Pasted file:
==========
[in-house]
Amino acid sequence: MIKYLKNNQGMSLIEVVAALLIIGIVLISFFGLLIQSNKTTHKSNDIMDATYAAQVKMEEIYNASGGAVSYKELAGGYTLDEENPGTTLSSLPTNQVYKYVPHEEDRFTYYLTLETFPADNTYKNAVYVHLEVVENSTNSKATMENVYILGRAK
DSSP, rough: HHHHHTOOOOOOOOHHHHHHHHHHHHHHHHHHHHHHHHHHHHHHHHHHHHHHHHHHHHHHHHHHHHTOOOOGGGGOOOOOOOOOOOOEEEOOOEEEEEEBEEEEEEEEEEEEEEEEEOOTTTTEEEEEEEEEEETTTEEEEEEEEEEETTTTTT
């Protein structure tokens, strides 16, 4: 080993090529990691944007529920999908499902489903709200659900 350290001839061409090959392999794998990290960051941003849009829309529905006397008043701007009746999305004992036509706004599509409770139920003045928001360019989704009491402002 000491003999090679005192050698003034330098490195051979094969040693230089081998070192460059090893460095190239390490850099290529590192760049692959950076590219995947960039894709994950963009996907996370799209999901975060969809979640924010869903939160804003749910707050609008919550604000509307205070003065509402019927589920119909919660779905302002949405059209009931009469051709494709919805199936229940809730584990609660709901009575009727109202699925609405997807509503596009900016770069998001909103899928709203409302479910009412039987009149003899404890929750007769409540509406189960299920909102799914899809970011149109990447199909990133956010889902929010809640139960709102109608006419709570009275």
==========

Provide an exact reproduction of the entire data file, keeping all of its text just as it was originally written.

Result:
[in-house]
Amino acid sequence: MIKYLKNNQGMSLIEVVAALLIIGIVLISFFGLLIQSNKTTHKSNDIMDATYAAQVKMEEIYNASGGAVSYKELAGGYTLDEENPGTTLSSLPTNQVYKYVPHEEDRFTYYLTLETFPADNTYKNAVYVHLEVVENSTNSKATMENVYILGRAK
DSSP, rough: HHHHHTOOOOOOOOHHHHHHHHHHHHHHHHHHHHHHHHHHHHHHHHHHHHHHHHHHHHHHHHHHHHTOOOOGGGGOOOOOOOOOOOOEEEOOOEEEEEEBEEEEEEEEEEEEEEEEEOOTTTTEEEEEEEEEEETTTEEEEEEEEEEETTTTTT
């Protein structure tokens, strides 16, 4: 080993090529990691944007529920999908499902489903709200659900 350290001839061409090959392999794998990290960051941003849009829309529905006397008043701007009746999305004992036509706004599509409770139920003045928001360019989704009491402002 000491003999090679005192050698003034330098490195051979094969040693230089081998070192460059090893460095190239390490850099290529590192760049692959950076590219995947960039894709994950963009996907996370799209999901975060969809979640924010869903939160804003749910707050609008919550604000509307205070003065509402019927589920119909919660779905302002949405059209009931009469051709494709919805199936229940809730584990609660709901009575009727109202699925609405997807509503596009900016770069998001909103899928709203409302479910009412039987009149003899404890929750007769409540509406189960299920909102799914899809970011149109990447199909990133956010889902929010809640139960709102109608006419709570009275």